Wednesday, November 02, 2005

Colorado Reclaims Its Independence

In a special election yesterday, Colorado voters approved an initiative relaxing the requirements of TABOR (short for "Tax Payers' Bill of Rights"), a robo-system of fiscal restraints imposed by an earlier ballot initiative.

Over at TPMCafe, I've already posted an analysis of the greater meaning of this partial rollback of TABOR, which represents an important rollback of the national conservative effort to force states into a fiscal straightjacket protecting high-income and corporate tax breaks at the expense of public investments.

But I'd like to add a personal note.
A few years ago I went to Denver to speak at a Democratic legislative retreat, and thanks to TABOR, it was like travelling to a foreign country.

Everyone there carried around little books detailing TABOR provisions. Every policy discussion began and ended with extensive comments about "TABOR compliance." TABOR had clearly accomplished the main goal of its Washington advocates: radically constraining state legislative powers and priorities, not just in terms of overall spending and revenue figures, but in terms of the basic ability to conduct long-term planning and make long-term investments.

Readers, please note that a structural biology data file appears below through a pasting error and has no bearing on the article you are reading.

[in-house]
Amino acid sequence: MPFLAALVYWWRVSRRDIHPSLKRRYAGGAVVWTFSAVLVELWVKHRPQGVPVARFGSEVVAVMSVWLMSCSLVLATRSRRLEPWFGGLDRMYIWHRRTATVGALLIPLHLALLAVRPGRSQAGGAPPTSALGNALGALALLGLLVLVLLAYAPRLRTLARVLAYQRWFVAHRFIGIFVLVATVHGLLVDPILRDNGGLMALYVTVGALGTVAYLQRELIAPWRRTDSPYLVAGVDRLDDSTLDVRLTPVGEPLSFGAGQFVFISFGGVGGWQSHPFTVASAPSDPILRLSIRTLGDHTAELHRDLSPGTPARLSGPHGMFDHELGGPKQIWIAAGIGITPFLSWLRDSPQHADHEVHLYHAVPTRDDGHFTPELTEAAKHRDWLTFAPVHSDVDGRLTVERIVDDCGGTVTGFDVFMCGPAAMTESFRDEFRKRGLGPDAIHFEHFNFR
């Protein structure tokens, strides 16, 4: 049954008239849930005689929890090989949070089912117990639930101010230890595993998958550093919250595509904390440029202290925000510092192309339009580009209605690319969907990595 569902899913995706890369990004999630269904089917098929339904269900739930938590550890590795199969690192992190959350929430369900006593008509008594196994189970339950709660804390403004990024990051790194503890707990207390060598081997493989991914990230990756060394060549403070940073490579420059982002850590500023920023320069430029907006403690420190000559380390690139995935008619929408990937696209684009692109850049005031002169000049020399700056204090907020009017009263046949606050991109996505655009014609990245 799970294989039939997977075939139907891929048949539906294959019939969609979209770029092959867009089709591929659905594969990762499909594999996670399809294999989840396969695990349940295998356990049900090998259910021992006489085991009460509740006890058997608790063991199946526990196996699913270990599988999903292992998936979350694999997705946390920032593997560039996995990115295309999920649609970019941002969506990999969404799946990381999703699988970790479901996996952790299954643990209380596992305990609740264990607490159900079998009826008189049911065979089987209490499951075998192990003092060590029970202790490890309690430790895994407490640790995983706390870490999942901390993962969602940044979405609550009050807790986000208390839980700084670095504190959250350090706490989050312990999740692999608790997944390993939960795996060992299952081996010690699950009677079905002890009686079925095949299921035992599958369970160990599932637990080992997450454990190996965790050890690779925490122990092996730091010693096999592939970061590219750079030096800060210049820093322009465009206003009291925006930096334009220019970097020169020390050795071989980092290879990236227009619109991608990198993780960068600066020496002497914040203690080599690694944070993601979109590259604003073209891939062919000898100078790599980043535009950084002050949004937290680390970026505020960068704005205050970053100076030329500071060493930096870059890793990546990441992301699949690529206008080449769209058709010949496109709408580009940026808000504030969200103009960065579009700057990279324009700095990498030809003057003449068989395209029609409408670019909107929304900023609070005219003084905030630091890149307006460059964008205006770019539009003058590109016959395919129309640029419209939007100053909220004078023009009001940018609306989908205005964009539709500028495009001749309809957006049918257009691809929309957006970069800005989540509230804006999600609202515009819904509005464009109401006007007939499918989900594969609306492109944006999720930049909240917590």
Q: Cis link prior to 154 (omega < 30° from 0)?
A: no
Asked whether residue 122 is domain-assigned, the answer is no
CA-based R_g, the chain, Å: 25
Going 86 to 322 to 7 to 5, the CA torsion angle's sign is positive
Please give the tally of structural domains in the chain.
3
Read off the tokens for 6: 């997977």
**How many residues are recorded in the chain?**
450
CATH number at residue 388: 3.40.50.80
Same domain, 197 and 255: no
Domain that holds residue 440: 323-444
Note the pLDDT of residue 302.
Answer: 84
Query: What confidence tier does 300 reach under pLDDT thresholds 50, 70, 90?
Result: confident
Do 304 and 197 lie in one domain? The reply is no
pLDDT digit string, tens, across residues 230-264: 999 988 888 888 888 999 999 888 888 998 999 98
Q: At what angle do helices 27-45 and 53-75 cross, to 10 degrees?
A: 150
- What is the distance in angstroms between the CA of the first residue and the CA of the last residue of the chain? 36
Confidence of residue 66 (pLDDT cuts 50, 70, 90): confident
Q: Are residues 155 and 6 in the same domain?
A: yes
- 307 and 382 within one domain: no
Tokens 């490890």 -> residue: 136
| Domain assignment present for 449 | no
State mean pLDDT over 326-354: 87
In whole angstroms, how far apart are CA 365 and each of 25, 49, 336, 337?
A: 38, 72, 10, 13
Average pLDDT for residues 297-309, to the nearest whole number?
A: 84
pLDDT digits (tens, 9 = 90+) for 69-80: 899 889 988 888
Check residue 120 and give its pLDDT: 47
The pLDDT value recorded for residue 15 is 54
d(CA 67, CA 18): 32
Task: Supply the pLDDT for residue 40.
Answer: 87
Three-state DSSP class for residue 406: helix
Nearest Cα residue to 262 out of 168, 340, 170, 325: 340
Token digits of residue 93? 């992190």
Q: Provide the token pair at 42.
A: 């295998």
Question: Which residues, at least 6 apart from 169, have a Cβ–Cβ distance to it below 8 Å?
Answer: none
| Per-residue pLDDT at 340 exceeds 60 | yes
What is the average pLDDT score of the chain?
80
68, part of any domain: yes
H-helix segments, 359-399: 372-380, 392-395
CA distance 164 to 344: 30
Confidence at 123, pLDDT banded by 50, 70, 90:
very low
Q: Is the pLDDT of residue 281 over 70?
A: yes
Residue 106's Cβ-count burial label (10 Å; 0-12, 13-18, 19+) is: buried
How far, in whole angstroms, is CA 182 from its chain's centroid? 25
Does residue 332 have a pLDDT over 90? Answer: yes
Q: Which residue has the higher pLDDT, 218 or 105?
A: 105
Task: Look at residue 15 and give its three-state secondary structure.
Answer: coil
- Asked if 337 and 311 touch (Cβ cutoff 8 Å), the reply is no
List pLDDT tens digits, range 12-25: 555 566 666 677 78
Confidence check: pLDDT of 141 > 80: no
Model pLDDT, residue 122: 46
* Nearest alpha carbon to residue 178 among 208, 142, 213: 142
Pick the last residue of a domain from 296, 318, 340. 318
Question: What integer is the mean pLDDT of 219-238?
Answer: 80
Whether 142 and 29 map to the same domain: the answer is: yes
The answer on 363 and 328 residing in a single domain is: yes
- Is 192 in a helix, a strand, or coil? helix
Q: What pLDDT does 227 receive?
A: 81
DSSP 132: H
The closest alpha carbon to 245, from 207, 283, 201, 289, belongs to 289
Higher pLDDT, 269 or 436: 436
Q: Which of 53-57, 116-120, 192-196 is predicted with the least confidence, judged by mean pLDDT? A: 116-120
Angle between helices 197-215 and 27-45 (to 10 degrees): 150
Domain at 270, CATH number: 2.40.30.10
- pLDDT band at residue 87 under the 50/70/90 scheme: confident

In a very real sense, TABOR made the very bright state of Colorado "stupid country," and its advocates hoped to spread the gospel of fiscal idiocy elsewhere.

So yesterday's vote, whatever else it meant, represented one proud state's declaration of independence from a scheme that made legislative policymaking impossible, and made the normal process of budgeting irrelevant. And TABOR's defeated proponents got one more important warning that limiting government without making open and rational choices about what government should do is ultimately a self-destructive and ant-democratic exercise.

Hats off to Colorado voters, and for those who worked for the passage of this new initiative. Reforming government is one thing; getting smarter and more effective government for the lowest possible tax levels is always a good idea.

But arbitrarily and mindlessly promoting arbitrary and automatic spending cuts, with no real attention to setting priorities for what taxpayers should support, is what TABOR was about. And changing that situation is critical all across the country for Democrats, and democracy.
-- Posted at 10:29 PM | Link to this post | Email this post

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